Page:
Briefly leaving the ship again, we have to talk about the deaths. Samantha Krueger’s (Lauren Lee Smith) time on Ascension the series was far too short, as she only started to scratch the surface of the TC Group’s plots. If anything, she seemed simply to serve as a narrative vehicle to spring Stokes from the loony bin and get him out into the world. I should have known that conspiracy theorist Eva Marceau was too good to be true, especially once she and Sam got closer.
Then there’s Gault, who surely would have died fighting Christa’s would-be kidnapper if she hadn’t gone all Storm and conjured up some sort of electrical teleportation sphere. Ascension’s big finale cliffhanger is that Gault comes to on what looks like an abandoned (but apparently habitable?) planet. Did Christa just teleport him to a new planet, or to another Enzmann simulation? Because the excited way he says “it worked” leaves it unclear as to whether or not that part was planned.
BSG required a radical change to the status quo—that is, the destruction of the 12 colonies and the Cylons chasing Galactica into space—in order to kick off the series. Ascension doesn’t quite get there, but it also doesn’t end with the ship’s crew emerging from the wreckage, a la The Island, to explore the planet they’ve been grounded on all along—something for which I’m grateful. Here’s what I would like to see a full series touch upon:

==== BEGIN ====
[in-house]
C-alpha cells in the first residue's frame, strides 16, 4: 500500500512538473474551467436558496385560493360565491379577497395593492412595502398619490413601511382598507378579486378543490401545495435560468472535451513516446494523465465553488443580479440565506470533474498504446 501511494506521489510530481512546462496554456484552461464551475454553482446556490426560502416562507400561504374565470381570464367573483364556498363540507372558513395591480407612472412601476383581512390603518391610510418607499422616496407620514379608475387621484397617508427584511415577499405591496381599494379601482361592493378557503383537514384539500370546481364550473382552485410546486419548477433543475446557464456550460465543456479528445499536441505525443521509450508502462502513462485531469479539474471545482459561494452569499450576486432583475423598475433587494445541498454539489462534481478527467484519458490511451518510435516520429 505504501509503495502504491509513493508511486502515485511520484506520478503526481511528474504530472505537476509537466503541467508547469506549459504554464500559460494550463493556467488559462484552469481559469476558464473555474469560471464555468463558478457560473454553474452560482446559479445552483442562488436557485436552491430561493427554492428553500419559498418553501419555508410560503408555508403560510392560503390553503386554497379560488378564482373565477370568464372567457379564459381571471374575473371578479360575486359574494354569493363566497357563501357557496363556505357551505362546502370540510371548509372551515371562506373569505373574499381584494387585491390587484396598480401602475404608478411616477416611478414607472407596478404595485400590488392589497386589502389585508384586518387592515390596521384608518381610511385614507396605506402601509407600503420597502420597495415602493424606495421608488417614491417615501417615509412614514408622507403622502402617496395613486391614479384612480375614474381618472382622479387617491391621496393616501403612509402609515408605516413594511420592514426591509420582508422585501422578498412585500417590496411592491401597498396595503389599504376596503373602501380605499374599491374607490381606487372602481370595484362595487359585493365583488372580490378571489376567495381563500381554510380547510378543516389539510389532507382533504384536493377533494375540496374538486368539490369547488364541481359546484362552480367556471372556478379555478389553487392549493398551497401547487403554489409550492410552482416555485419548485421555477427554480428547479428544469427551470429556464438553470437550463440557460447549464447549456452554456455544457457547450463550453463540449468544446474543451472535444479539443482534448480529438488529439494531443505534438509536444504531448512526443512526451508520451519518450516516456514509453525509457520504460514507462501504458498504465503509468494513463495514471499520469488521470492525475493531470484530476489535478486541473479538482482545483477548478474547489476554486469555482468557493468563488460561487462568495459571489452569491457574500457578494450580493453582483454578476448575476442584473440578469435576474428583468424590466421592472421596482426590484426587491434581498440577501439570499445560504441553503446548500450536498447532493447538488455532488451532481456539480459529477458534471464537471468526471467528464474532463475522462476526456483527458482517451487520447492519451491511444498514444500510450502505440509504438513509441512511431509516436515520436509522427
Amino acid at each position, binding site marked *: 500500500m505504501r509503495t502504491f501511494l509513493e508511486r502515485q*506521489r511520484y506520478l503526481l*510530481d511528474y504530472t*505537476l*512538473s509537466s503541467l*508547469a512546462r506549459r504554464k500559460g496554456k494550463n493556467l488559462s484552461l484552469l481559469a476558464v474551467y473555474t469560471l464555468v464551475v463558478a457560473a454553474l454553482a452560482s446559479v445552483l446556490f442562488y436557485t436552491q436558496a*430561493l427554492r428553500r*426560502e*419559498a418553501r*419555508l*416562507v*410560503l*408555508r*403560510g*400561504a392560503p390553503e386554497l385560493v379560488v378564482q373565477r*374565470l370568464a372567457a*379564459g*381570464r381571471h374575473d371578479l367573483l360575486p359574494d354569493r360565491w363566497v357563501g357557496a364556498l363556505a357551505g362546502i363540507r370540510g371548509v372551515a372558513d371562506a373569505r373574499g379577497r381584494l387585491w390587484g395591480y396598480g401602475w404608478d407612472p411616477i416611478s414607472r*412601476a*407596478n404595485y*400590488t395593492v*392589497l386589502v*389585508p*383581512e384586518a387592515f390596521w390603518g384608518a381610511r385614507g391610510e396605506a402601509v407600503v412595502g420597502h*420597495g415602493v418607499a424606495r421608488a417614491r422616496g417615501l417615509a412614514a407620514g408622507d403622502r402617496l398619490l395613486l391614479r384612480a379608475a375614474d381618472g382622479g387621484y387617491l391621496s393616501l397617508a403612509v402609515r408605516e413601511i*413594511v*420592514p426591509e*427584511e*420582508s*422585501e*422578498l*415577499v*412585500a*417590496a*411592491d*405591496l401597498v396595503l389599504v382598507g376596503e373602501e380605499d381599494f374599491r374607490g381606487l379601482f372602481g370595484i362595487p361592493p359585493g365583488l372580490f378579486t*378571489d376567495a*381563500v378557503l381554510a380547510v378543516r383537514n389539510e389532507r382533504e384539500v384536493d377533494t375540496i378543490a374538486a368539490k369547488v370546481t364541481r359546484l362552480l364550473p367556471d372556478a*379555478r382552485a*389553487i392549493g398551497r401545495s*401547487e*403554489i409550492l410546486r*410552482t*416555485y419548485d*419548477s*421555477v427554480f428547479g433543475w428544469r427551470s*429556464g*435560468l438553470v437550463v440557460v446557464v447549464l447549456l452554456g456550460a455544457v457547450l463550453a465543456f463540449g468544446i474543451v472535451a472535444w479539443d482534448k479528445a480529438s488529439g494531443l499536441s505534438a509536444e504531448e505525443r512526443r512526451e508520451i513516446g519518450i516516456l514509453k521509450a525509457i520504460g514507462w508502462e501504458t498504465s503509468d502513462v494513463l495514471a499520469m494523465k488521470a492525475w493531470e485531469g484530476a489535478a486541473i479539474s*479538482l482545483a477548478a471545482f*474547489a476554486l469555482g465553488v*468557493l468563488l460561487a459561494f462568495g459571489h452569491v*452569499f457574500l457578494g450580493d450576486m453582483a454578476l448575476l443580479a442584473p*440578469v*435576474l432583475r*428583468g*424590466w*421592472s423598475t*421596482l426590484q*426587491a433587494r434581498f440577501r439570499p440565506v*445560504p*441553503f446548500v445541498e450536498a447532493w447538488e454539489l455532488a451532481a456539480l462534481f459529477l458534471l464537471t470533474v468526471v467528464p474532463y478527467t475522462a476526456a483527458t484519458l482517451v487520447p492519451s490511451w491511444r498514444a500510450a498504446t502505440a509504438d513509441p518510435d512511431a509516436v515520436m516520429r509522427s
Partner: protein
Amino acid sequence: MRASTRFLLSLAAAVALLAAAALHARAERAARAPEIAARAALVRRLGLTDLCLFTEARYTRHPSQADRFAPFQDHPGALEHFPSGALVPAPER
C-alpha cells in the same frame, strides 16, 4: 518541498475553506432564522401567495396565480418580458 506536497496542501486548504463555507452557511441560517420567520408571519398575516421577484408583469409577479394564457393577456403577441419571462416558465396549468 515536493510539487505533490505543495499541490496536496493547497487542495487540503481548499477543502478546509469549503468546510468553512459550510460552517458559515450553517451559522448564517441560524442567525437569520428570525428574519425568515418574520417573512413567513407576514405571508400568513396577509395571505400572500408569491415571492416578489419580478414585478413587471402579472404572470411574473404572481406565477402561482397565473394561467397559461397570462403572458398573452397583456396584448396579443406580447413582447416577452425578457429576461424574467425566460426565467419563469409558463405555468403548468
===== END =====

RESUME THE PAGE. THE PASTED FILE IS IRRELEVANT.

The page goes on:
- Viondra struggling to hold on to her newfound power over Ascension.
- The crew members getting more hints about the outside world—like the surprise broadcasts on the TVs, but bigger.
- To that end, Stokes stumbling his way through 2014 America, pursued by Eva Marceau.
- We still need to find out if everything is hunky-dory on Earth. Enzmann’s obsession with procreation might be hinting at a population shortage.
- According to Syfy’s series timeline, 2015 is when Ascension will encounter the Rubicon, or the point in their journey in which they must decide whether to turn back to Earth or go on with no chance of returning. It will be interesting to see how puppetmaster Enzmann handles that, and if Viondra believes that Ascension must continue to honor its original mission.